Wealth tax predicted as anger over inequality ‘reaches boiling point’

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Rising public anger about growing inequality is likely to force the imposition of a capital gains or wealth tax in the next few years, according to the chief economist of Westpac.

Sail boat on the open sea (stock image).

Westpac’s chief economist is picking that some form of tax on wealth, land or capital gains will get over the line in the mid-2020s. Photo: 123rf

In its latest monthly report the bank’s economists said the economy had done better than expected as it absorbed the shock of a global pandemic and the absence of international visitors.

The report said the economy had been damaged by Covid-19 but had not been as scarred as might have been feared. The bank has revised its forecasts, with a strong rebound in growth next year, a lower peak for unemployment, and a continued surge in house prices.

“By mid-2021 we expect house price inflation will be 15 percent, roughly the same as 2016,” Westpac chief economist Dominick Stephens said.

“The political and social fallout will be just as intense as it was back then.”

Stephens said rising house prices were an unintended consequence of the Reserve Bank’s interest rate cuts, but he did not expect the central bank would change its low-rates policies, and still believed it would take its official cash rate below zero.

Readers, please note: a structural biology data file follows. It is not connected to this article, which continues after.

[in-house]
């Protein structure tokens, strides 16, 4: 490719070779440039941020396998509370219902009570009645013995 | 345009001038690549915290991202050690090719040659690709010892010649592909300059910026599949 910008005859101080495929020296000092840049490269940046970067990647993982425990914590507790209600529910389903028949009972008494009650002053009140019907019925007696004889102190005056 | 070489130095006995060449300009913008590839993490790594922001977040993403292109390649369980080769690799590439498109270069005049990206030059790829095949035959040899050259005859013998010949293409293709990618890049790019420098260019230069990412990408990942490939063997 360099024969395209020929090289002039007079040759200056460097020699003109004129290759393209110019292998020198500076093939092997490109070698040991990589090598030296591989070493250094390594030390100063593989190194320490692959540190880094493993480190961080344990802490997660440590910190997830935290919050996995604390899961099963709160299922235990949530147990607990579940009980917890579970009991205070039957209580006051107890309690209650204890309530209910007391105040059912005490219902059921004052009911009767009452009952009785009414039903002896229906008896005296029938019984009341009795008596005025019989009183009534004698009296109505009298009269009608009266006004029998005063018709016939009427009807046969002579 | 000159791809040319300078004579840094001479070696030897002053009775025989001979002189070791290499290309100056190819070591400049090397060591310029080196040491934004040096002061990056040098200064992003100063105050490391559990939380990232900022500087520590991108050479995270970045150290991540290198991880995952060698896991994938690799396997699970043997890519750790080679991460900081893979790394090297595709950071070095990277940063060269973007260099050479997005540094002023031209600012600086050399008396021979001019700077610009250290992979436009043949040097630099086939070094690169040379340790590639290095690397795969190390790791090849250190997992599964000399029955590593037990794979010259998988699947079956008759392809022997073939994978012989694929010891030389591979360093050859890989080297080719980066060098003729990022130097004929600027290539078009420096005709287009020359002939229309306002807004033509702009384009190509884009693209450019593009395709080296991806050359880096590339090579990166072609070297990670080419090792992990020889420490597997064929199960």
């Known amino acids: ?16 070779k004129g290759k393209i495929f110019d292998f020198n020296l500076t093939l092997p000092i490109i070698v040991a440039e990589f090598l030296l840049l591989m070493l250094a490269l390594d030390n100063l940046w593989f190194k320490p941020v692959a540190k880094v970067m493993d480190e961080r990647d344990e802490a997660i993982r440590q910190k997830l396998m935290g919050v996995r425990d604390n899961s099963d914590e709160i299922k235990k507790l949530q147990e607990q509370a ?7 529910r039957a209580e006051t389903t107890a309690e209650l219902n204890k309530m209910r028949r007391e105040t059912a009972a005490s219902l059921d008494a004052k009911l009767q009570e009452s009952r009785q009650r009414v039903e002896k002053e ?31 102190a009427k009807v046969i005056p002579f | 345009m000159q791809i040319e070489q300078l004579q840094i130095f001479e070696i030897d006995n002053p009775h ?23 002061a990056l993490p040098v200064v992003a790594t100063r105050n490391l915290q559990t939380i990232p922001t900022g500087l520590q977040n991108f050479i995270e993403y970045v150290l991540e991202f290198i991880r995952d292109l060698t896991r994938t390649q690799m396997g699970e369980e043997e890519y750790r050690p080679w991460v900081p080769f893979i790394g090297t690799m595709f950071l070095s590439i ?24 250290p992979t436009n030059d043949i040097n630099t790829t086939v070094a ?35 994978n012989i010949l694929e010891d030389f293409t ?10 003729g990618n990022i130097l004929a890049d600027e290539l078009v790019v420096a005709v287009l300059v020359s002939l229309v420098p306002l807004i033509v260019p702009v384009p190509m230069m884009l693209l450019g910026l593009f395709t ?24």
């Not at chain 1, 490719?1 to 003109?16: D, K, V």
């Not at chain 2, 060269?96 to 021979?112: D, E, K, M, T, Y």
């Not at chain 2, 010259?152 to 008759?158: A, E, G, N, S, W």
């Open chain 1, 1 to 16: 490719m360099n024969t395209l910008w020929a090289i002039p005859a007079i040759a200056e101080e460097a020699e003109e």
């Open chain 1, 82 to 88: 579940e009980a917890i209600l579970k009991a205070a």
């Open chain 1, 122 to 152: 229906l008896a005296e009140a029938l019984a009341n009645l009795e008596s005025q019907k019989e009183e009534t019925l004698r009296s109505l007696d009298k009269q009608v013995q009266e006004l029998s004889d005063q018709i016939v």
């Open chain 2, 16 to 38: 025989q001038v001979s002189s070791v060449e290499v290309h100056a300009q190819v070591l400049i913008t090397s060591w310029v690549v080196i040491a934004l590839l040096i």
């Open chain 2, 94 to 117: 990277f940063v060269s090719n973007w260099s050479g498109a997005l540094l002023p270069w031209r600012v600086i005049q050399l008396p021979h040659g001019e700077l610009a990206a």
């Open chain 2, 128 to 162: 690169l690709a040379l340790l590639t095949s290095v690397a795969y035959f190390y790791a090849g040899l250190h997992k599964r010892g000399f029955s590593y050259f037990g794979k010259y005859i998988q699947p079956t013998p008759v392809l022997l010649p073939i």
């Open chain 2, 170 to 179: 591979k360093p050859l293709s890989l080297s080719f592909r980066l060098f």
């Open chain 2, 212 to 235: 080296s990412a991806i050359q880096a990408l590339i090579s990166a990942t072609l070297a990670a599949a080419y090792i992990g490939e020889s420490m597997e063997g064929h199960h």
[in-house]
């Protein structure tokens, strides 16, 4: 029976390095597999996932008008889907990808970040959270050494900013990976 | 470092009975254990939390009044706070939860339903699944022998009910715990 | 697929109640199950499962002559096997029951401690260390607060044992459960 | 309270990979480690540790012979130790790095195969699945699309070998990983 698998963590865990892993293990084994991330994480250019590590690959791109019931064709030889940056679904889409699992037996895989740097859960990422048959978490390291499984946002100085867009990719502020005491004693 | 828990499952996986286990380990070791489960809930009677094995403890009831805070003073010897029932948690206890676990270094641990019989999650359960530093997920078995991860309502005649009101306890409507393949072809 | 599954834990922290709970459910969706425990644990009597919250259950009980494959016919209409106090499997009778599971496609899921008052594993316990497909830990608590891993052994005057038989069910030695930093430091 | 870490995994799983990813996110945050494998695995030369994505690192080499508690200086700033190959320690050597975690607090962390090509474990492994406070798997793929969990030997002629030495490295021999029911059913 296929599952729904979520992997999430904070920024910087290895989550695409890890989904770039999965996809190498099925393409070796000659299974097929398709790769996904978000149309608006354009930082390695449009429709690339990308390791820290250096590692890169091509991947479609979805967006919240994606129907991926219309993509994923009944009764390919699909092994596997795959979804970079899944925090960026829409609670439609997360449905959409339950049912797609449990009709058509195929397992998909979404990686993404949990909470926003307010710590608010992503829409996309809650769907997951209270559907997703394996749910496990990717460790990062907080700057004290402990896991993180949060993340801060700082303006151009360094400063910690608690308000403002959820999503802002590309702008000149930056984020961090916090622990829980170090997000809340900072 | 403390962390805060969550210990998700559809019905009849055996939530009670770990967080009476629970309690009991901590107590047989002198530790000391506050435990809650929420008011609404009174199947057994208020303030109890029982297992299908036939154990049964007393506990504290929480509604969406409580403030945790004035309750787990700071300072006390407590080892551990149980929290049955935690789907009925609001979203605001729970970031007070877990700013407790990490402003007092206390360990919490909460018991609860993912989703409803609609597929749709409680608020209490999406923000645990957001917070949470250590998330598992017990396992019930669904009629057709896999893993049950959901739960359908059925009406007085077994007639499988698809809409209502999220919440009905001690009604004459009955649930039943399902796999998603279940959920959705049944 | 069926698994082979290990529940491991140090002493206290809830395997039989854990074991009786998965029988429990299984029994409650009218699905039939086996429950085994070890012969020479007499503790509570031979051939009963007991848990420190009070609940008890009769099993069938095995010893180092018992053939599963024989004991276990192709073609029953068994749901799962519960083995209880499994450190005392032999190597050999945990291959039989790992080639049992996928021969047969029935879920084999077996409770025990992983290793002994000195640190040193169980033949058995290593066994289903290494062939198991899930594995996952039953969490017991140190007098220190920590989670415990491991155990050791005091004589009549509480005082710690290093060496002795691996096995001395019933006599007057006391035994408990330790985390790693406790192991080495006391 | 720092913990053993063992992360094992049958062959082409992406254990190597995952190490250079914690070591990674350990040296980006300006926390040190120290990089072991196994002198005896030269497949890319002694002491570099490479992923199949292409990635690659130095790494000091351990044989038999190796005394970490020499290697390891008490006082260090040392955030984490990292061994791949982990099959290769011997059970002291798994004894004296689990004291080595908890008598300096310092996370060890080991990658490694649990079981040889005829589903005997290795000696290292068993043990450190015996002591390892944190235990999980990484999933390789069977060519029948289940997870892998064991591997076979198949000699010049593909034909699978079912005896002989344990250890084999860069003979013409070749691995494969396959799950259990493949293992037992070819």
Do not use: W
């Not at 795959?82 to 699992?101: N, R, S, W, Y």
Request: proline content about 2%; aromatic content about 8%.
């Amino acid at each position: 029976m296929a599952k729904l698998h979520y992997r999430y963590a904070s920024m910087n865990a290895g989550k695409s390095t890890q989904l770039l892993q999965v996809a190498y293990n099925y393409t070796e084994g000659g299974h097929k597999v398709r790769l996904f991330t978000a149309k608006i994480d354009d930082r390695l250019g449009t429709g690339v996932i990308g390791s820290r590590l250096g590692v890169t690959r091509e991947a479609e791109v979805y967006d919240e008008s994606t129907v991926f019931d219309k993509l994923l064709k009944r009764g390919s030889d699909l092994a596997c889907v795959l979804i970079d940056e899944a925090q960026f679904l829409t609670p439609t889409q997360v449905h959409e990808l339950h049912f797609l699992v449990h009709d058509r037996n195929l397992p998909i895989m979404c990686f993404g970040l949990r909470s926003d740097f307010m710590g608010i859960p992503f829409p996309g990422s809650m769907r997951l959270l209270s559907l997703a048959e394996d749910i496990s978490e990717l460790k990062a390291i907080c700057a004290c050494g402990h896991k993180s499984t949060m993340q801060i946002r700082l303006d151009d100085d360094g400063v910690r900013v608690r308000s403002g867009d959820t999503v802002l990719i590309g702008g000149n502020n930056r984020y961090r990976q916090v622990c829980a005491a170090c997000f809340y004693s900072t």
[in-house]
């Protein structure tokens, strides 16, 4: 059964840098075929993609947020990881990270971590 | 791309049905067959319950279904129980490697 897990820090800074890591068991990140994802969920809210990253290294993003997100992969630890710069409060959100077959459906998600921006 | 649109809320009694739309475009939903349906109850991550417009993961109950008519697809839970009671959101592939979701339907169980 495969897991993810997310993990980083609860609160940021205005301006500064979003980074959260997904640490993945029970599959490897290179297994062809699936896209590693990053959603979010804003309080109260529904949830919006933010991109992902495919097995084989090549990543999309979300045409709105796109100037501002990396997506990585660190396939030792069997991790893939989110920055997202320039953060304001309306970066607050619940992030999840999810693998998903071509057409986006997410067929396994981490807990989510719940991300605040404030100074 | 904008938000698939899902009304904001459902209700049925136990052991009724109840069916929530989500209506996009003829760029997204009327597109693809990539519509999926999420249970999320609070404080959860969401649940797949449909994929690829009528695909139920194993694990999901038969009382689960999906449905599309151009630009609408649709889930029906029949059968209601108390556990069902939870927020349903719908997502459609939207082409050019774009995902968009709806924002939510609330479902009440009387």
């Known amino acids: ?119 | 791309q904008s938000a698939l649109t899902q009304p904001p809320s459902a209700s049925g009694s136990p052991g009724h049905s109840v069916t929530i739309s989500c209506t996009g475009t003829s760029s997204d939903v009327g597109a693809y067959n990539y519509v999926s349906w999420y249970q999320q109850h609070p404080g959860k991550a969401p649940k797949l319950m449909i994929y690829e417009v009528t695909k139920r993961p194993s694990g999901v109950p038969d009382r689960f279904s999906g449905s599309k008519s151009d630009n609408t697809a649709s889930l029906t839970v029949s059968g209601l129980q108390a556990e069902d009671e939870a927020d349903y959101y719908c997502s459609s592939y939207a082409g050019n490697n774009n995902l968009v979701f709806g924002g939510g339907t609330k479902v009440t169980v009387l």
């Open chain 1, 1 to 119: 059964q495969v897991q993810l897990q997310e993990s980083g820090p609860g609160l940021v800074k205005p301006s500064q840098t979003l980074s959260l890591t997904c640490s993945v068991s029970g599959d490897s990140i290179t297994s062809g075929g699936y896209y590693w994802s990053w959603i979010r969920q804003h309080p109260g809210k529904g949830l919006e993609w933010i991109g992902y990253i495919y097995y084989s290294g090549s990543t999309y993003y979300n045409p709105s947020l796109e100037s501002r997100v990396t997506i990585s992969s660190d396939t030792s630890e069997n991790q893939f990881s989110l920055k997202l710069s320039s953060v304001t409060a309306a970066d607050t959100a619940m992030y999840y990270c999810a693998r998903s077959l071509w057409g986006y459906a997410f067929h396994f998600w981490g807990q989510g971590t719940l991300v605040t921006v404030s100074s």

The government’s big spending to support the economy through the pandemic was not sustainable in the long run and governments in the future would have to spend less or tax more, he said.

“My pick is that some form of tax on wealth, land or capital gains will get over the line in the mid-2020s, when societal dissatisfaction with rising wealth inequality reaches boiling point,” Stephens said.

Last year, Prime Minister Jacinda Ardern promised she would never introduce a capital gains tax (CGT) while prime minister. She also ruled out the Green Party’s proposed wealth tax during the election campaign.

Among Westpac’s revised forecasts are a peak unemployment rate of 6.2 percent, which is about the same as the 2009 recession, while the economy will shrink by 4.2 percent this year, but rebound with annual growth of 6.1 percent in 2021.

The surge in house prices are expected to trigger the return of loan-to-value ratios on risky lending, although Westpac doubted they would do much.

“Based on the experience with LVRs since 2013, we expect that the reintroduction of lending restrictions will take a little of the steam out of the property market, but this won’t be a game changer,” the report said.

It also forecast borders would remain closed until mid-2021 when Australians would start to be allowed in, while other visitors would be kept out until at least September next year.

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